Date of this Version
UCARE Poster session, University of Nebraska-Lincoln Research Fair, April 2016, Lincoln, NE.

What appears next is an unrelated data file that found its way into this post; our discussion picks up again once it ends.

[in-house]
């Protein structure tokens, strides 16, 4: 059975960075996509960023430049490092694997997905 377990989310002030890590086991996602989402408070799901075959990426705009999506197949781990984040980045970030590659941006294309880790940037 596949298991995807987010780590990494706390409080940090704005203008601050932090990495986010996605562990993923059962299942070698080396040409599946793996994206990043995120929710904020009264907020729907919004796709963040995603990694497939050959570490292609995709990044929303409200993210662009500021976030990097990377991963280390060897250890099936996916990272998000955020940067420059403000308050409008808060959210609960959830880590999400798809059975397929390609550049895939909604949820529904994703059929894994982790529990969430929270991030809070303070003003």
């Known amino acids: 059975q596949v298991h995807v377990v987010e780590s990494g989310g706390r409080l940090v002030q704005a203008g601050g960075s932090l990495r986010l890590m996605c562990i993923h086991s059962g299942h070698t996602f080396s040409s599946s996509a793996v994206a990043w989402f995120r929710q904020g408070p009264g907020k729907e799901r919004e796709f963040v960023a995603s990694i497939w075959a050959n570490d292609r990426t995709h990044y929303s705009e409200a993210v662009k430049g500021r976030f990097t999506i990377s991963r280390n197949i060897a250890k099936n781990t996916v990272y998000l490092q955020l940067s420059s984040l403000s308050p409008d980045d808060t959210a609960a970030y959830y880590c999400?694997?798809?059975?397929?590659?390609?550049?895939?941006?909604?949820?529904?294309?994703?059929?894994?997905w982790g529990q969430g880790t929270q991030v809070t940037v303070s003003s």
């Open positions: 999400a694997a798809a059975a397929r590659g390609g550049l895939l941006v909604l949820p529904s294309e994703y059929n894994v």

In this work, an “Energy Barrier” was created to control the motion of Leidenfrost droplets. This barrier was created by functionalizing a portion of a mirror-polished stainless steel 304 surface with Femtosecond Laser Surface Processing (FLSP). FLSP results in superhydrophilic, hierarchical, micro- and nanostructures which are highly wetting and thus have an increased Leidenfrost temperature. Water droplets in the film boiling state were deposited, and propelled by gravity towards the Energy Barrier interface. Room temperature droplets were deposited over a range of surface temperatures beginning with the Leidenfrost temperature of mirror-polished stainless steel 304 and culminating at the Leidenfrost temperature of the FLSP region. High speed imaging was used to study the interactions between the droplets and FLSP interface. A custom Matlab program was developed to determine droplet velocities and accelerations. Video analysis revealed that droplet rejections (droplet reverses direction) at the interface were primarily the result of physical contact between the droplet and FLSP interface, resulting in wetting, violent boiling, and recoil. As a result, the percentage of droplets rejected by the processed region is greatest when the substrate temperature is lowest. As surface temperature was increased, the rejection percentage decreased until the Leidenfrost temperature of the FLSP region was reached. This technology will be useful in the development of microfluidic devices which utilize temperature gradients to direct Leidenfrost droplets.